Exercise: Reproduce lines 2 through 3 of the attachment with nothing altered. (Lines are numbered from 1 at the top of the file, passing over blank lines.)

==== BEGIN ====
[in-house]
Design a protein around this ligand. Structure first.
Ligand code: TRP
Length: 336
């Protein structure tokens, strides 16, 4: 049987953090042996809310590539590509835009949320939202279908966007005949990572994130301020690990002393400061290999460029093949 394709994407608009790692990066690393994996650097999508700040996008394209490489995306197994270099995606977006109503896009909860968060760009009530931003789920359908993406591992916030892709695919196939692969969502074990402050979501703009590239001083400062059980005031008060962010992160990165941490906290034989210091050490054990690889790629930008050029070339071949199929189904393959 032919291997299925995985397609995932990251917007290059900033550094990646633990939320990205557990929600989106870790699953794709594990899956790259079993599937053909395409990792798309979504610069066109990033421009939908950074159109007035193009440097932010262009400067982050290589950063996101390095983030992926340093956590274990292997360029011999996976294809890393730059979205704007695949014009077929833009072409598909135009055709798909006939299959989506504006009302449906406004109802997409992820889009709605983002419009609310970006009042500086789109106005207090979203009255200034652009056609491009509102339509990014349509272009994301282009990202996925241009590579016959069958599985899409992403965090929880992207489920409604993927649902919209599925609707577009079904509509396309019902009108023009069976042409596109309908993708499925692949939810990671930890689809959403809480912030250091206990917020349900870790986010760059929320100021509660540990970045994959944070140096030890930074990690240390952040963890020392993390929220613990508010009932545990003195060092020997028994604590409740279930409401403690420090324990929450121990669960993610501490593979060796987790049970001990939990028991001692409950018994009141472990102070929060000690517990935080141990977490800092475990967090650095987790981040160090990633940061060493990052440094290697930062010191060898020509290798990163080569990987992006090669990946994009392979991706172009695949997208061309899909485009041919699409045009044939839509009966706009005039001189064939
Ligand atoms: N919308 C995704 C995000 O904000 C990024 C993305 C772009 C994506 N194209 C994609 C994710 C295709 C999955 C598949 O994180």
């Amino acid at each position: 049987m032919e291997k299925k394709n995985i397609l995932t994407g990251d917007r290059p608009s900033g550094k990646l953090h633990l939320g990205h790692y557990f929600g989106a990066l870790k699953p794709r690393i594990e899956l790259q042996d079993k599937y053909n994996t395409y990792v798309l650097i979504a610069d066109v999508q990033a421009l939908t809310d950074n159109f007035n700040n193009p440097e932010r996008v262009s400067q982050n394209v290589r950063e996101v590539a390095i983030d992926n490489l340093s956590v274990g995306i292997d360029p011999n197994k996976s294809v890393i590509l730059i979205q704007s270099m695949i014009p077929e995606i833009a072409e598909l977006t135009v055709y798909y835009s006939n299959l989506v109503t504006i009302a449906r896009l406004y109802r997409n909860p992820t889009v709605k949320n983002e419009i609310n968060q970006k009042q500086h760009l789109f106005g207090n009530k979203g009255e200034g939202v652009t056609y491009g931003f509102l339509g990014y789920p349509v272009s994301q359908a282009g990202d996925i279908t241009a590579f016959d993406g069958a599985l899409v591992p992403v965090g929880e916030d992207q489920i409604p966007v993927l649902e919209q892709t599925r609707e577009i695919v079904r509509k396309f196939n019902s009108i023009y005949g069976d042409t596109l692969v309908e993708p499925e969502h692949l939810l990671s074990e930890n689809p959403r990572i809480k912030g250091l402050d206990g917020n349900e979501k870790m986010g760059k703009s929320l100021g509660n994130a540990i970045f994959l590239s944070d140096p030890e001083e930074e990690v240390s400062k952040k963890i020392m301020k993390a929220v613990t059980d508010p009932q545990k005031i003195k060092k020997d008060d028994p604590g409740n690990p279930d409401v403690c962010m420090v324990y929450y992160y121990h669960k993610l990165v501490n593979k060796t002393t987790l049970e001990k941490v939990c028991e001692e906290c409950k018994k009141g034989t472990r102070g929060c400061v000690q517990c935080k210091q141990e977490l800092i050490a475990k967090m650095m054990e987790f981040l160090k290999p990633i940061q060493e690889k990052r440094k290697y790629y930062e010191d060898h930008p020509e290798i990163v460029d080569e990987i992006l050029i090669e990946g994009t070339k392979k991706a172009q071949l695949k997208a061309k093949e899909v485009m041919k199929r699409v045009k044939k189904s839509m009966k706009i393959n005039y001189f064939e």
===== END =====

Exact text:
Design a protein around this ligand. Structure first.
Ligand code: TRP